Thompson's Point finally breaks ground

PORTLAND, Maine (NEWS CENTER) -- Nearly four years since developers first presented plans to the city of Portland, ground is broken on the Thompson's Point development project. The $110 million dollar development will turn 30 acres of former industrial land next to the Fore River into a massive retail, arts and sports complex.

The project is being called a major gateway for Maine's largest city. The project will be the first thing visitors will see as they head into Portland on I-295. The project is expected to bring a major boost to the economy, initially creating more than 1,000 construction jobs.

Friday's ground breaking drew a mix of federal, state and city officials which has been in the planning stages for nearly four years. Work has already begun on one the four existing buildings on the site, some had served the railroad.

This 35,000 square foot building will house retail and businesses including an artist studio and a bakery. The former train shed at Union Station which was demolished in 1960, will be converted into a multi-use building that will open on to an ampitheatre. It will be the site of Sierra Nevada Beer Camp Across America Festival scheduled for August. The structure will host other events as well.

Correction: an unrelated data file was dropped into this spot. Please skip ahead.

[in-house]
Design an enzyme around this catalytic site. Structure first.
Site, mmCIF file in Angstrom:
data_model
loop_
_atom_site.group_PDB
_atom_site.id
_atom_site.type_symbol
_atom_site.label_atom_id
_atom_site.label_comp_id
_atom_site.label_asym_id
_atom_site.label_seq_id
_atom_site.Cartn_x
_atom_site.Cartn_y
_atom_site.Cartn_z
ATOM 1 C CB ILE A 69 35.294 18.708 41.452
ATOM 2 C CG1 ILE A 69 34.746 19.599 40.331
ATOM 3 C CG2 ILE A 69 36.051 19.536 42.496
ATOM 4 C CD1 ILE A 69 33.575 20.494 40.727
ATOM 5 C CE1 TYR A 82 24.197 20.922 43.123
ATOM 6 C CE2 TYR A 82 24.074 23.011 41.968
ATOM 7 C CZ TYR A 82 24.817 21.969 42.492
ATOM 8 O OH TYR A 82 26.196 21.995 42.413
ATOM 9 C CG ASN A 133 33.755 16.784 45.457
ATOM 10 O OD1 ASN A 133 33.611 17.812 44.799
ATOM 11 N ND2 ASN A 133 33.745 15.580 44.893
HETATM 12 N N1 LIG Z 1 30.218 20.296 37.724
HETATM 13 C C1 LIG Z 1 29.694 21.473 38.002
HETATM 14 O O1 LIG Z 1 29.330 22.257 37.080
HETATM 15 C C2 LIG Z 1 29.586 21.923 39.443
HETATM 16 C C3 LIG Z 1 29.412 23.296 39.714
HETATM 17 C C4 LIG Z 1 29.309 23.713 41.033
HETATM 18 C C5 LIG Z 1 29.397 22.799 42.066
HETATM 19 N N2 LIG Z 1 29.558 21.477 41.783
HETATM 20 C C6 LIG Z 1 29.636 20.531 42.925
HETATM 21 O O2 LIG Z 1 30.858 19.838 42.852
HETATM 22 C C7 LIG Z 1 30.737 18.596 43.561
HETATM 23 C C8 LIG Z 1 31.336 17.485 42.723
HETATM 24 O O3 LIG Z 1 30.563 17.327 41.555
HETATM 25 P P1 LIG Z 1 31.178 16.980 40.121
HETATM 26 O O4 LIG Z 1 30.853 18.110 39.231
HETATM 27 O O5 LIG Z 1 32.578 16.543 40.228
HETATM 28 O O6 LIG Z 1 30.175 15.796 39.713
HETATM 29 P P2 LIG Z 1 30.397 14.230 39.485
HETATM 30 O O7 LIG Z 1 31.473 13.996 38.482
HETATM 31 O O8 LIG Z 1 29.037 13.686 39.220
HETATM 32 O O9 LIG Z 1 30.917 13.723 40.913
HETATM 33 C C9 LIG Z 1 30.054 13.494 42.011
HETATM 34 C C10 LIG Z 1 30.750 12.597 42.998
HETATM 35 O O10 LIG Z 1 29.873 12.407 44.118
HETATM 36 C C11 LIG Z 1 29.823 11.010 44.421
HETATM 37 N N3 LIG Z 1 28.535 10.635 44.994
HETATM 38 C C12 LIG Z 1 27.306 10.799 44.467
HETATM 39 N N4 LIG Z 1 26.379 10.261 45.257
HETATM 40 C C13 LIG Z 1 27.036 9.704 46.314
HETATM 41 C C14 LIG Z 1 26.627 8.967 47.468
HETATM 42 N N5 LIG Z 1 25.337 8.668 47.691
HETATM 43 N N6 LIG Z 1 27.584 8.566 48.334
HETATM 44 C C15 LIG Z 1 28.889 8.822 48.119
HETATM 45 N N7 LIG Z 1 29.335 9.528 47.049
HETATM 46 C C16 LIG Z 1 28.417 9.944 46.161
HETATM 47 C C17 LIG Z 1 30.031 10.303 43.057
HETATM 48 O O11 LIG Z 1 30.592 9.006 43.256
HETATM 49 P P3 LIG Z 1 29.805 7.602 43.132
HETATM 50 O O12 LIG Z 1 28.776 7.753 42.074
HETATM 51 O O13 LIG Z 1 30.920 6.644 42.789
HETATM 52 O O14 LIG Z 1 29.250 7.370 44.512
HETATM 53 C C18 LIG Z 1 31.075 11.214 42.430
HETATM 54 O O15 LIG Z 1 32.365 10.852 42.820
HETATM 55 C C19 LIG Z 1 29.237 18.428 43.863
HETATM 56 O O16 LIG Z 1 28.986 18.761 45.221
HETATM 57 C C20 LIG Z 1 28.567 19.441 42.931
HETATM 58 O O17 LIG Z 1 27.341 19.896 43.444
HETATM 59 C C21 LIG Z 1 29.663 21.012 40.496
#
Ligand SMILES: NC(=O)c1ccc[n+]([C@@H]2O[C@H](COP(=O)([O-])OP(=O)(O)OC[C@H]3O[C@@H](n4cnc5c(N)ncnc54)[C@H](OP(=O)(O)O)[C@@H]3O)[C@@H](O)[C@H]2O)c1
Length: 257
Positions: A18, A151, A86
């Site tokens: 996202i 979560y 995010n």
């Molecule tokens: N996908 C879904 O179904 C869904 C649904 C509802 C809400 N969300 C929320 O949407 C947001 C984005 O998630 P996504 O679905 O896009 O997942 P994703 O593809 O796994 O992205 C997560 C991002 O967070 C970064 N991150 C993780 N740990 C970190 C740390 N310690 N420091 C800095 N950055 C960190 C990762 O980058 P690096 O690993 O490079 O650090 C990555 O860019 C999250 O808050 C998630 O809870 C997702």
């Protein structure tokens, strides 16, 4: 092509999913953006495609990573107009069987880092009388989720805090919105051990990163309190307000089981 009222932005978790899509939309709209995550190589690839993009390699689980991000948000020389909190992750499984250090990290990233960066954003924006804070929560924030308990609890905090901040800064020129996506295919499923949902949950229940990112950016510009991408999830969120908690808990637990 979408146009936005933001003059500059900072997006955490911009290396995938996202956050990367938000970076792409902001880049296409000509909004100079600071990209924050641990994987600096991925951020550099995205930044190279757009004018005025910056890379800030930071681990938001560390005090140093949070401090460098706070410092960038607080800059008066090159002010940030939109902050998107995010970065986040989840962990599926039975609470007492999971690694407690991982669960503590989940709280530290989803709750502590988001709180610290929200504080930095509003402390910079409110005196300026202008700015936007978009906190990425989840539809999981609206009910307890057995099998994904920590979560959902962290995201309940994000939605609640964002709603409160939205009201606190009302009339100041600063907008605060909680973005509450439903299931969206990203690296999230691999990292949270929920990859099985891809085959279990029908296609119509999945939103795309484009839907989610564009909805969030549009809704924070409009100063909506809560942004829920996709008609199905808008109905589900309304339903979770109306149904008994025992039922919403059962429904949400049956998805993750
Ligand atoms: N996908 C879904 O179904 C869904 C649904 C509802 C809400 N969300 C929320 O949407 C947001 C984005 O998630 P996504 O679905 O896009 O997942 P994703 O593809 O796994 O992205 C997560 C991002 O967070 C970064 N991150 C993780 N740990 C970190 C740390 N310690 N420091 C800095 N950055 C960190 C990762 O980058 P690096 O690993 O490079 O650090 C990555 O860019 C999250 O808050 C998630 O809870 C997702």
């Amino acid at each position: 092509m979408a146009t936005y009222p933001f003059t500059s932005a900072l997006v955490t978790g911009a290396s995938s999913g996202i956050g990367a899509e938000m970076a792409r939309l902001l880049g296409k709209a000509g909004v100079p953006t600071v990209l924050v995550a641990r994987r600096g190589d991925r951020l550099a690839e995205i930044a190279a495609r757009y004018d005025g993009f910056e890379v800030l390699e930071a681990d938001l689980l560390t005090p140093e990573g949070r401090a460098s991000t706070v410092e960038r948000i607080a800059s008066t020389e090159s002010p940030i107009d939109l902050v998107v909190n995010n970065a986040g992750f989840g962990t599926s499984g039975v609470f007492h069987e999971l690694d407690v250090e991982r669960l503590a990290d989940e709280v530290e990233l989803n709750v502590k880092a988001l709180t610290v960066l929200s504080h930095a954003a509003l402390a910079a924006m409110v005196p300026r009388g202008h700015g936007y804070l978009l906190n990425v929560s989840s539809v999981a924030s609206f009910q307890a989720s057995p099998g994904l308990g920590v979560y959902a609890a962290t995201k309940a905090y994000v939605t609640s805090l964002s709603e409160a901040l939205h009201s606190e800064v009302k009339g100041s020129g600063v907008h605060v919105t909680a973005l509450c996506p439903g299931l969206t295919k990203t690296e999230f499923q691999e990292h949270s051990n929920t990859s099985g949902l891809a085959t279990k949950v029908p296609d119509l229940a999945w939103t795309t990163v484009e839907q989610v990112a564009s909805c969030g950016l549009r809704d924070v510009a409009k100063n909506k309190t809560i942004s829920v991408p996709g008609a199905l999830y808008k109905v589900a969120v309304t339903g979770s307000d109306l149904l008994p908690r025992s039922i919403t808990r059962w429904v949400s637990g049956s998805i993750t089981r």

"That will be where a variety of events can occur all season. You can have skating in the winter and concerts in the summer. We have a great partnership with Portland trails, so there will be trails all along the water edge, leading down to the point,' said Chris Thompson, the project developer.

Nearly $4 million dollars worth of infrastructure projects will also get underway soon, including widening the Thompson Point Connector road to three lane and improving the exit 5A ramp on 295. Altogether the project will be done in two phases and could take six to ten years to complete.


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